Judah @ praise, the fourth son of Jacob by Leah. The name originated in Leah's words of praise to the Lord on account of his birth: "Now will I praise [Heb. odeh] Jehovah, and she called his name Yehudah" Genesis:29:35). It was Judah that interposed in behalf of Joseph, so that his life was spared Genesis:37:26-27). He took a lead in the affairs of the family, and "prevailed above his brethren" Genesis:43:3-10Genesis:44:14-16-34Genesis:46:28 ; 1Chronicles:5:2). Soon after the sale of Joseph to the Ishmaelites, Judah went to reside at Adullam, where he married a woman of Canaan. (See ONAN; TAMAR.) After the death of his wife Shuah, he returned to his father's house, and there exercised much influence over the patriarch, taking a principal part in the events which led to the whole family at length going down into Egypt. We hear nothing more of him till he received his father's blessing Genesis:49:8-12).
Judah upon Jordan @ The Authorized Version, following the Vulgate, has this rendering in Joshua:19:34. It has been suggested that, following the Masoretic punctuation, the expression should read thus, "and Judah; the Jordan was toward the sun-rising." The sixty cities (Havoth-jair, Numbers:32:41) on the east of Jordan were reckoned as belonging to Judah, because Jair, their founder, was a Manassite only on his mother's side, but on his father's side of the tribe of Judah ( 1Chronicles:2:51Chronicles:2:21-23).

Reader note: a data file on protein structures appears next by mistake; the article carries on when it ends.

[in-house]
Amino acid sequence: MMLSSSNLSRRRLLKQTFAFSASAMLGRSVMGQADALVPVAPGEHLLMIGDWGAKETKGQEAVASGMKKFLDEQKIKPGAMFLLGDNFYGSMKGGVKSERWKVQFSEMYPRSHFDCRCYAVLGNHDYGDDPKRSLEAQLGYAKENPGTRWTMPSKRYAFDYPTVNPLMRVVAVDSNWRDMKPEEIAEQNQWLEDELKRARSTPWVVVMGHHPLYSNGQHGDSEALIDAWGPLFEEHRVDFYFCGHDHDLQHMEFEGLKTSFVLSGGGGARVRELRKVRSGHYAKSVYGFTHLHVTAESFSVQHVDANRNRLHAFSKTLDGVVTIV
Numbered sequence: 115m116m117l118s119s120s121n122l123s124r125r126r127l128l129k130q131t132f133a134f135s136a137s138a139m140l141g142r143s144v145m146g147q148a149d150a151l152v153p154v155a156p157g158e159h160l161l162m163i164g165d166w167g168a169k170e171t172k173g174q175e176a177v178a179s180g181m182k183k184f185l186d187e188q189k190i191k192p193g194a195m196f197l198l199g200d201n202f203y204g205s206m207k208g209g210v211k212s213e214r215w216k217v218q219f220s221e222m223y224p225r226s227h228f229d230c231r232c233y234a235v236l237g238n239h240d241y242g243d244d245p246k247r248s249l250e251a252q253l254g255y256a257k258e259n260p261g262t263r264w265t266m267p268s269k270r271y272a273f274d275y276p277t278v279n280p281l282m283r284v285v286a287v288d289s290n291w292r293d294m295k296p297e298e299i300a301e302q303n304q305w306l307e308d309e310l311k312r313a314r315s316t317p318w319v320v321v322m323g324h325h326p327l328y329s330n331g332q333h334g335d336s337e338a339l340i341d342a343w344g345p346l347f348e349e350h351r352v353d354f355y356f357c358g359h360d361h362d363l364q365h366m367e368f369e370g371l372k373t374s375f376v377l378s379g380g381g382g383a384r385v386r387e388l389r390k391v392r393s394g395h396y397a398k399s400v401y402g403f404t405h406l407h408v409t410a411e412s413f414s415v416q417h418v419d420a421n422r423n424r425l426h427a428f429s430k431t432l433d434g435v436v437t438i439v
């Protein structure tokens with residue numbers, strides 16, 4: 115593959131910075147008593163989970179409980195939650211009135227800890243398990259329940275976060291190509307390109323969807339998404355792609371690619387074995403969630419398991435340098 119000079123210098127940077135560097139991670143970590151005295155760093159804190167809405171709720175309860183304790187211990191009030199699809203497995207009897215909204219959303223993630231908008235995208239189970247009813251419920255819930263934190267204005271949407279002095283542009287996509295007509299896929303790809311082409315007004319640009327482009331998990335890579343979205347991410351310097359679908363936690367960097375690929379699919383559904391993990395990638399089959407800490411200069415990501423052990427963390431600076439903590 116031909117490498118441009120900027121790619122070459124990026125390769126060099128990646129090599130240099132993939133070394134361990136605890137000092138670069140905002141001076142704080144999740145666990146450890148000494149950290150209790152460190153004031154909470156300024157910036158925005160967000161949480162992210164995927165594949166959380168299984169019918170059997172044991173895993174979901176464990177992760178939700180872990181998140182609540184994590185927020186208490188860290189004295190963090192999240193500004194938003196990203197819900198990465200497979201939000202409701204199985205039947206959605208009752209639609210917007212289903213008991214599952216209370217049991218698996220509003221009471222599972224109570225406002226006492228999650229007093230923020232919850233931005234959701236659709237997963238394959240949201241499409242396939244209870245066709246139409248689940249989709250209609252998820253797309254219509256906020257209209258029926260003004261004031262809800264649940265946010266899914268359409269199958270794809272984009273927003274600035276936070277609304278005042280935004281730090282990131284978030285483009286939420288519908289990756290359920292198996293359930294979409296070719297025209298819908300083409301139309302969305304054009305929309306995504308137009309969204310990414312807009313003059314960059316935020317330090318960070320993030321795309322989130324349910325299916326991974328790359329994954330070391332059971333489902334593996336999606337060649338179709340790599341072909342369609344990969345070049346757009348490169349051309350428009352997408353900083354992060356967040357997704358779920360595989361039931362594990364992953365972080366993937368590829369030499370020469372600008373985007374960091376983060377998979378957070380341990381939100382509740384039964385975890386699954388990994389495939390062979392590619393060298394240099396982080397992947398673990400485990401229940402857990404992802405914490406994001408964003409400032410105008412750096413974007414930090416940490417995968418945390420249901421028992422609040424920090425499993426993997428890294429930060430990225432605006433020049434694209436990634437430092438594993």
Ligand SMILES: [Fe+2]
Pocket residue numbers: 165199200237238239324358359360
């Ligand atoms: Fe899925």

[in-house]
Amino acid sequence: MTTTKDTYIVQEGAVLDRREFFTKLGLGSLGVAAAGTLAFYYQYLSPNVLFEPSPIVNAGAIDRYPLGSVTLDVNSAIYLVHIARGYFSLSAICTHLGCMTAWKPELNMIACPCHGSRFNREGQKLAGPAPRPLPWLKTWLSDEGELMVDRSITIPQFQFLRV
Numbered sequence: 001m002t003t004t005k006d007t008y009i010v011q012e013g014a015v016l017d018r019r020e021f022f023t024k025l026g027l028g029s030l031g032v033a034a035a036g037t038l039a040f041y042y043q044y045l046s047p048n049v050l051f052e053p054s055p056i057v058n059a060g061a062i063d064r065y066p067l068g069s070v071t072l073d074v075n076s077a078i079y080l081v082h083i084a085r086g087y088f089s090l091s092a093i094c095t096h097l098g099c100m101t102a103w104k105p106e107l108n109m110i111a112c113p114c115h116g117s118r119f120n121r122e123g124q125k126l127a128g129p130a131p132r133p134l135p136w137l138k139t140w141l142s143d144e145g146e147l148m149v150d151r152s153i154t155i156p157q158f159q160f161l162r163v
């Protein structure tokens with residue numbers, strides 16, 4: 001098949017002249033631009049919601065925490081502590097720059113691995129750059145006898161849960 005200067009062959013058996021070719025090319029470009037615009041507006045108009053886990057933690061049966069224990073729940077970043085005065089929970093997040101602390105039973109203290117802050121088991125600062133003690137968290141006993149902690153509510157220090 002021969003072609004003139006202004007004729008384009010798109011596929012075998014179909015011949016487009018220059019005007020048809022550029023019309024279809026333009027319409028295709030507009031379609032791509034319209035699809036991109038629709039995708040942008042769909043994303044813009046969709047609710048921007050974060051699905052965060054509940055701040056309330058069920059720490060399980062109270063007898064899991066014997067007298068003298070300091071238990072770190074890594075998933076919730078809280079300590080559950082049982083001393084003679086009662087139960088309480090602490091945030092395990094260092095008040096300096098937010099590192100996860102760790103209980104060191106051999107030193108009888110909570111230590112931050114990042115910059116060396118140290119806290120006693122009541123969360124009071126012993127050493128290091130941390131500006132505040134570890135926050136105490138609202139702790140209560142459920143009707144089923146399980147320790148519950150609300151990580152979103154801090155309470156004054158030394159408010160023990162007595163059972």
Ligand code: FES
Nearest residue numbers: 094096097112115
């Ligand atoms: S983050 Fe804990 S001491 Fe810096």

Judah, Kingdom of @ When the disruption took place at Shechem, at first only the tribe of Judah followed the house of David. But very soon after the tribe of Benjamin joined the tribe of Judah, and Jerusalem became the capital of the new kingdom Joshua:18:28), which was called the kingdom of Judah. It was very small in extent, being only about the size of the Scottish county of Perth. For the first sixty years the kings of Judah aimed at re-establishing their authority over the kingdom of the other ten tribes, so that there was a state of perpetual war between them. For the next eighty years there was no open war between them. For the most part they were in friendly alliance, co-operating against their common enemies, especially against Damascus. For about another century and a half Judah had a somewhat checkered existence after the termination of the kingdom of Israel till its final overthrow in the destruction of the temple (B.C. 588) by Nebuzar-adan, who was captain of Nebuchadnezzar's body-guard ( 2Kings:25:8-21). The kingdom maintained a separate existence for three hundred and eighty-nine years. It occupied an area of 3-435 square miles. (See ISRAEL, KINGDOM OF.)